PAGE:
Jaeger Counseling Blog
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Individual & Family Therapy
Do you ever look at pictures of your kids when they were little and feel a pit in your stomach? Have you noticed an increase in irritability, conflict or general sense of emptiness? This is the state I find myself in at times lately. You see, my kids are 19 and 16. Over the years, I have enjoyed a wonderful relationship with them. Has it been perfect? By no means. We have had our share of challenges to work through, however, the closeness and bond we share is healthy.
In recent years, as with most teens their focus has been redirected from mom and dad to peers, a normal developmental stage in the growth of children. Knowing this does not change the fact there is an emotional impact. My intent in writing this is not to discuss what's normal and healthy in a child's stage of life, but rather to consider the emotional impact and journey that many of us parents need to consider. Our children do not love us any less, but they do find us a bit less interesting. The questions go from "what are we going to do this weekend Dad?" To "can I have the car key's please"? How we handle this new stage of family life and parent-child relationship will determine the degree of potential conflict in your home as well as the inner turmoil you may experience. I want to offer a few suggestions that have been working for me:
Don't take it personal
Your teen is not pulling away to intentionally hurt you or send the message that she no longer loves you. If you find yourself getting angry when he/she chooses an event with friends over time with you it may be an indication that you are personalizing. This choice is normal, just as it was likely for you at their age. Certainly, spending too much time with peers things could become out of balance, however, if this is not the case, remind yourself of the times they are engaged with you and use this to balance out your thoughts and emotions.
You are not alone! At this moment, there are parents with teens in your circle of friends and acquaintances that are going through similar struggles. Reach out to those you trust and respect. Compare notes, encourage each other, share what works and what does not. Oftentimes we are too close to the situation to see things clearly. You may be reacting on emotion rather than principles that should guide your responses. Others, may be able to offer perspective and an objective point of view. Seek out a mentor, many have navigated the waters you are treading and can be a storehouse of wisdom. If needed, connect with a counselor that can walk with you through this stage of life.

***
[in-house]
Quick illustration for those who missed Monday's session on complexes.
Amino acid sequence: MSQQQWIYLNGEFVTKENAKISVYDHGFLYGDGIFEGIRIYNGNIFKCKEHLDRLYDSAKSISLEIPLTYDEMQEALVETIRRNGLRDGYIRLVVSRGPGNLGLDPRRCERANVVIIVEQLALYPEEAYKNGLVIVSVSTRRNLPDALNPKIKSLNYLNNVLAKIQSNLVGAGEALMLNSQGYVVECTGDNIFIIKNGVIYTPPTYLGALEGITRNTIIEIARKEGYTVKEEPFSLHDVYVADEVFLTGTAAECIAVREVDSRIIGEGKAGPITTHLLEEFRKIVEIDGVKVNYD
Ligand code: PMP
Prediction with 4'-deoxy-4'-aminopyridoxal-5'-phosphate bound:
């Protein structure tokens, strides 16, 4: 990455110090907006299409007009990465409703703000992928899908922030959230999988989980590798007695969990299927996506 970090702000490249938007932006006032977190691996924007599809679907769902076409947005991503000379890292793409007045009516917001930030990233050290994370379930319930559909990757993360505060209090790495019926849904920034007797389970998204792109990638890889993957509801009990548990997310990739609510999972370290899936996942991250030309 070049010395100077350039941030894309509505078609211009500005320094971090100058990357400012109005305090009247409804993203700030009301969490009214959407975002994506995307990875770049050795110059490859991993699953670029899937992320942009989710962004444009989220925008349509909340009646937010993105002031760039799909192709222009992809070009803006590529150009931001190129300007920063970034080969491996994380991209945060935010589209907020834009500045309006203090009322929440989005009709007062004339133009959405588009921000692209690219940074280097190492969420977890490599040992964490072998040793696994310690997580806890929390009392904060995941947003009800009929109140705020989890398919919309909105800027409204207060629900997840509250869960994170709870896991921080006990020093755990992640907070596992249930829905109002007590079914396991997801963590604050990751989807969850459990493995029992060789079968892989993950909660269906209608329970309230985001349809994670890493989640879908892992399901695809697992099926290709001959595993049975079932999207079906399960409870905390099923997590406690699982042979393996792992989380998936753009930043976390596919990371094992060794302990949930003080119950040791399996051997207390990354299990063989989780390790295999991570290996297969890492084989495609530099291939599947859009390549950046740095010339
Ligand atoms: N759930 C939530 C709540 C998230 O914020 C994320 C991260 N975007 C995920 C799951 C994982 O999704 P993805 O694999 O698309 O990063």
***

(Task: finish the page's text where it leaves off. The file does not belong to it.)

Tune into your emotions
Are you aware of what is going on in your inner world of emotions? When you are not in tune with what is going on internally, you run the risk of acting out. Some bite their fingernails, others drink or over eat, some displace their emotional stuff into behaviors like yelling or driving recklessly. Unaddressed emotions that stem from loss and change may result in deep sadness or depression. I sometimes find myself dealing with sadness related to my kids growing up. When I am able to identify and verbalize it is related to the stage in family life and the loss I feel, I feel better. There is something freeing and healing about identifying what is going on and to then be heard, understood and empathized with. When you can better understand your own emotions and deal with them in a healthy way, you stand a chance to not negatively impact those around you.
Keep and eye toward the future
Will it be like this from now on? This is a question that I have been asked and ponder myself. The answer is both yes and no. The relationship between parents and children will change. The natural developmental structure of parent-child relationship is a dynamic relationship that morphs. It does not mean that you will never share closeness again. If you do all you can do to keep the relational doors open, your kids will likely return before long with a renewed desire for relationship.